Many Eyes : Survey on Income and Living Conditions in Ireland 2010

Visualizations : Survey on Income and Living Conditions in Ireland 2010

I bought the book visualize this written by Nathan Yau creator of the website Flowingdata (one of my favorite data visualization websites).

Below is one of the coolest tools I found on the program Many Eyes, I was playing around trying to program a tool like this. I knew options existed. But Many Eyes just does it so elegantly.

via Many Eyes : Survey on Income and Living Conditions in Ireland 2010.

Word Co-occurrence

Lets say we have a database table called responses, each row contains a word.

responses Table:

id positive response
1 true I have a great experience. I was treated very well. The person was very nice
2 false I had a terrible experience. I was not treated very well. I thought person was very mean.

We map give each word an id on one table. Lets call it the words table.

words Table:

id positive word count
1 true experience 1
2 false experience 1
3 true I 2
4 false I 3

We go to each row, we get all the words, if the word does not exist in the words table we add the word. (A new id will be created associated with that word)

Then we get every combination of 2 words in that paragraph and add it to a occurrences table.

occurrences Table:

word1_id word2_id count
1 3 2
2 4 3

Question: Do we want to count the same word in the same sentence more than once in relationships? The word ‘I’ and ‘experience’ occur three times together in that second sentence?

Basically we than get all the true occurrences and rank them by count. Same with false occurrences and we can present them however we want.
Blogs / Pictures (of what I might want)

High Resolution Maps of Science

Algorithms extracting linguistic relations and their evaluation

Text Algorithms 

Text Mining

Rapid Miner – open source data mining, java based, has filtering options.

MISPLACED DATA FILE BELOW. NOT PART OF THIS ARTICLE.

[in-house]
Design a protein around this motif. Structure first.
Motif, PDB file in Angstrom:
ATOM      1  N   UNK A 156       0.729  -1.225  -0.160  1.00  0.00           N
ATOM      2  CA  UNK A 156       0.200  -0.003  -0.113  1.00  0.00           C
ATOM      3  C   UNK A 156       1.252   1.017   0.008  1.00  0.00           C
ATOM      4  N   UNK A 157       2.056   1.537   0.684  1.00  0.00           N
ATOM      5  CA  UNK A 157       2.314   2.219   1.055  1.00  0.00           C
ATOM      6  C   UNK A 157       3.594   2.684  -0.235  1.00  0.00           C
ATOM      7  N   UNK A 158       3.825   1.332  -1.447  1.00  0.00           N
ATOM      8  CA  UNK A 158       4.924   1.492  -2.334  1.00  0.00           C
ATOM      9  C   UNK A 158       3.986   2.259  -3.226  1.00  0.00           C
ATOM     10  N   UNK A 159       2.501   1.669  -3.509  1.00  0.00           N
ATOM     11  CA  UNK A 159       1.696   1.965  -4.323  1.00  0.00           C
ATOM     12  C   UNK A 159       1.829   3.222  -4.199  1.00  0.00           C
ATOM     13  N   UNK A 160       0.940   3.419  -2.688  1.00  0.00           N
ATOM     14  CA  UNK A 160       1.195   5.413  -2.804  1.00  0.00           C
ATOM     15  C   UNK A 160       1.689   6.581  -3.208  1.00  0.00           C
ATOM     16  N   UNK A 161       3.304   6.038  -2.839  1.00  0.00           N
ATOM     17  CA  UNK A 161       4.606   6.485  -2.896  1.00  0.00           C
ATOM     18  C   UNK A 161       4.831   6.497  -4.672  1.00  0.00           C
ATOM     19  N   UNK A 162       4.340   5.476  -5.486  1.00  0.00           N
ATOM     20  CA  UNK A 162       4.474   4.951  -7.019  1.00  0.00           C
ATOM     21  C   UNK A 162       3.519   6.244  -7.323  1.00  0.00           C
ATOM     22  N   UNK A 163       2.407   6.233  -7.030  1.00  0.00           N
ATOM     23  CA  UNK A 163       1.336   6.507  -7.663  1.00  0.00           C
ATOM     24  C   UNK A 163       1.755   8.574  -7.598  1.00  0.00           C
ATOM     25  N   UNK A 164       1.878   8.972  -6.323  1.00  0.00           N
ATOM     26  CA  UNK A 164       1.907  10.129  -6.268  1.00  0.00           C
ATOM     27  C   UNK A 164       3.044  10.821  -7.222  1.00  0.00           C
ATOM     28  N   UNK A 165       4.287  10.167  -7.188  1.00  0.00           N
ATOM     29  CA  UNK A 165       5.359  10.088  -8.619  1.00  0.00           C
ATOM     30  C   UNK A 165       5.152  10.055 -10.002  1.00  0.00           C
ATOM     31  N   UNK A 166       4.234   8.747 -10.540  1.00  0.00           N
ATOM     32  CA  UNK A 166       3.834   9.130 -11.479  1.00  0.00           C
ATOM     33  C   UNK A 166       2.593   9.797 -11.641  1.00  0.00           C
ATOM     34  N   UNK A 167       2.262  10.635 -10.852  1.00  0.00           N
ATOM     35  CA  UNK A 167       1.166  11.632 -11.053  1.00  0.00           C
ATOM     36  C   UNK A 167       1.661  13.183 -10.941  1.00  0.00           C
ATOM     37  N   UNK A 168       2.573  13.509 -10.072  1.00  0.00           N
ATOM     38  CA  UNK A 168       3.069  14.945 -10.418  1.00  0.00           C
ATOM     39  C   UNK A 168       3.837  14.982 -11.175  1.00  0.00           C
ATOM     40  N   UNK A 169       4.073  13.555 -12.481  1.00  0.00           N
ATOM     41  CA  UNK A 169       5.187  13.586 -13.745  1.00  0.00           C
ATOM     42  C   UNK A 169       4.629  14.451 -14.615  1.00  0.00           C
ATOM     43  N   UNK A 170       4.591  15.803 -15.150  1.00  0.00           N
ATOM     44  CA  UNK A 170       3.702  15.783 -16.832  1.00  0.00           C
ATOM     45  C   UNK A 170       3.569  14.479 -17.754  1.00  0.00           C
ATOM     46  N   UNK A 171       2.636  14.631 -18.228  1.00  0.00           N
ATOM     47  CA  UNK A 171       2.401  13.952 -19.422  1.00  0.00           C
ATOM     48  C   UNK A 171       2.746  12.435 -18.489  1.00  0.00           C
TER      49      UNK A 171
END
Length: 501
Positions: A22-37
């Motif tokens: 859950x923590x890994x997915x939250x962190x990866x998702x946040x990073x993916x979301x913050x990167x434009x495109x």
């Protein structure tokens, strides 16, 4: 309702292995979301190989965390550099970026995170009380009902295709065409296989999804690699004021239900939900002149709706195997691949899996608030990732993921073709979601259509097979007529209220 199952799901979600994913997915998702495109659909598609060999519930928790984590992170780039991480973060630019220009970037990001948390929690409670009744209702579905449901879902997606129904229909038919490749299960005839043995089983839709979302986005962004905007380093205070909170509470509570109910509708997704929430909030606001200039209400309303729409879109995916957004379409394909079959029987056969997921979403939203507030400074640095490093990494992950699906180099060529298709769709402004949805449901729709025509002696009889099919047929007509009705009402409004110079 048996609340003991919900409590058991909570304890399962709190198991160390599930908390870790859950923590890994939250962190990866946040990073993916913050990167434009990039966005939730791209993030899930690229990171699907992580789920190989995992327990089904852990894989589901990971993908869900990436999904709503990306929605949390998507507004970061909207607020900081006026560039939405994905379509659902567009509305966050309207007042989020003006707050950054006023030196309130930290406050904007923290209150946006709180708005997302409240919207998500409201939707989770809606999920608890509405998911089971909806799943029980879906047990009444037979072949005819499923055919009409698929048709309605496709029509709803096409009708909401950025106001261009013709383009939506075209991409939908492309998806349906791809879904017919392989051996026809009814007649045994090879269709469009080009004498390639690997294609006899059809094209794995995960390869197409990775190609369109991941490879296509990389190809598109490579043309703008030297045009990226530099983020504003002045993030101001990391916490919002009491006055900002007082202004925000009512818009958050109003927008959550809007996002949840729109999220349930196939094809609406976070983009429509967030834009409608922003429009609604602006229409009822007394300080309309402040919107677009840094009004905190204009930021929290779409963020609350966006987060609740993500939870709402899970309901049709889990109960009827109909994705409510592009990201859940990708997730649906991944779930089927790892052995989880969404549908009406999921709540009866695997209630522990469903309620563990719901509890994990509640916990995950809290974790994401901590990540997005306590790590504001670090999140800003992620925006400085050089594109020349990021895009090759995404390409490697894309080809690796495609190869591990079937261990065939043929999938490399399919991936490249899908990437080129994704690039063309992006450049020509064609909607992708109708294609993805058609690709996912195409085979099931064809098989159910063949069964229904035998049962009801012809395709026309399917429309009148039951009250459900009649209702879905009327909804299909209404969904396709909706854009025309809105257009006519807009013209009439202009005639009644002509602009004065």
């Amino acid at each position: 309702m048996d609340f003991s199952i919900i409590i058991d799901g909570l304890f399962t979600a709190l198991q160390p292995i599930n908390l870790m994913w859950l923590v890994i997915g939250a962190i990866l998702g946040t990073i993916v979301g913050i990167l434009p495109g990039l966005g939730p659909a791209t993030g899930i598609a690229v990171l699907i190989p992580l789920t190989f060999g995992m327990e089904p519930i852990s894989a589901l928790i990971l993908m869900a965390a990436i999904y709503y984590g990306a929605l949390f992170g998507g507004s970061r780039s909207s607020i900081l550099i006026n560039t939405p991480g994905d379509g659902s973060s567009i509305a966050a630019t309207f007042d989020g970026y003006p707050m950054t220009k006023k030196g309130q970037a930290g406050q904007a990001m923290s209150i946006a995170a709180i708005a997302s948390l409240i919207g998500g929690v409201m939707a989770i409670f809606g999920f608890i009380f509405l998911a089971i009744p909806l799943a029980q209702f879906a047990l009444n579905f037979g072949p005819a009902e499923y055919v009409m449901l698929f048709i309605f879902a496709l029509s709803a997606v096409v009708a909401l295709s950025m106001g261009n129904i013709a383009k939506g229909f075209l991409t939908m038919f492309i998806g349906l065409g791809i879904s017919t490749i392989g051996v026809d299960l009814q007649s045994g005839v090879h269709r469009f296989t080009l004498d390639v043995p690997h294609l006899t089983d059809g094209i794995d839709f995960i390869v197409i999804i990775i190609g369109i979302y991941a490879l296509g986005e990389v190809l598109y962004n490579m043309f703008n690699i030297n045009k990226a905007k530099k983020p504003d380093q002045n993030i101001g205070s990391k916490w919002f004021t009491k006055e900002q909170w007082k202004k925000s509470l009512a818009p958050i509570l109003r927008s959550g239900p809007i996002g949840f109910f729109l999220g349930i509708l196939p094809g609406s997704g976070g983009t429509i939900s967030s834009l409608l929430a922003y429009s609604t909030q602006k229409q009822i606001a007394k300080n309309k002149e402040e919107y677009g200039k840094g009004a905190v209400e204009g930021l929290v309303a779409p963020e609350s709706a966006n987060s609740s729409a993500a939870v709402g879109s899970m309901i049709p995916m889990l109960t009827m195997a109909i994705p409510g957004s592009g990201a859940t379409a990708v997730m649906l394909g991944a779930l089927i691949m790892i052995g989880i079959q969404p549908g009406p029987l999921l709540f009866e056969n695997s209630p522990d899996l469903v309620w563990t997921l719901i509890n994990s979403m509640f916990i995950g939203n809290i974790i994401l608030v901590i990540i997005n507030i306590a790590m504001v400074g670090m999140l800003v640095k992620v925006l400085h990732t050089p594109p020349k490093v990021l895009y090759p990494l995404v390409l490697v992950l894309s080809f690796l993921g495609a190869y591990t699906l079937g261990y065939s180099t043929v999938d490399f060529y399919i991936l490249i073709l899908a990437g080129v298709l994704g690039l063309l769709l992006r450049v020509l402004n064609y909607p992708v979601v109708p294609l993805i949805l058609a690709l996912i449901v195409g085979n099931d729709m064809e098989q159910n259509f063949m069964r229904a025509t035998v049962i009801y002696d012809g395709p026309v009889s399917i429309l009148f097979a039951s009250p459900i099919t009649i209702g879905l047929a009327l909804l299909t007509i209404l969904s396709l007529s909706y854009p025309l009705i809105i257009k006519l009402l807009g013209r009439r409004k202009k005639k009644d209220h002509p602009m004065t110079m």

Kind of Related But Very Interesting

Visual Thesaurus – We could do something similar to this but you also pick a minimum threshold and it shows all the word related that meet it. 

Concepts in Programming Languages – University of Cambridge Course

The following are all copy and pasted from a University of Cambridge course link to the website below. It was accessible by public, so I figured I should dump it here. Maybe I can read some of this when I have a vacation.

Lecture slides

  • Introduction and motivation.
    Additional reading material:
  • K. ZusePlankalkul.
  • The first procedural language: FORTRAN (1954-58).
    Additional reading material:
  • Fortran.
  • The first declarative language: LISP (1958-62).
    Additional reading material:
  • J. McCarthyRecursive functions of symbolic expressions and their computation by machine.
    Communications of the ACM, 3(4):184-195, 1960.
  • Block-structured procedural languages: Algol (1958-68) and Pascal (1970).
    AppendixBCPL (1967) and C (1971-78)
    Additional reading material:
  • D. E. KnuthThe remaining trouble spots in ALGOL 60.
    Communications of the ACM, Volume 10, Issue 10, pages 611-618, 1967.
  • B. KerninghanWhy Pascal is not my favorite programming language.
    AT&T Bell Laboratories. Computing Science Technical Report No. 100, 1981.
  • Object-oriented languages — Concepts and origins: SIMULA (1964-67) and Smalltalk (1971-80).
    SML codeObjects in SML!?
    Programming languageSqueak.
    Additional reading material:
  • A. C. KayThe early history of Smalltalk.
    ACM SIGPLAN Notices, Volume 28, No. 3, 1993.
  • P. WegnerConcepts and Paradigms of Object-Oriented Programming
    Expansion of OOPSLA-89 Keynote Talk.
  • B. StroustrupWhat is Object-Oriented Programming? (1991 revised version).
    Proc. 1st European Software Festival. February, 1991.
  • Types in programming languages: ML (1973-1978).
    Additional reading material:
  • A. Koenig. An anecdote about ML type inference.
    USENIX Symp. on Very High Level Languages, 1994.
  • Data abstraction and modularity: SML Modules (1984-97).
    Additional reading material:
  • M. TofteFour Lectures on Standard ML.
    LFCS Report Series ECS-LFCS-89-73, 1989.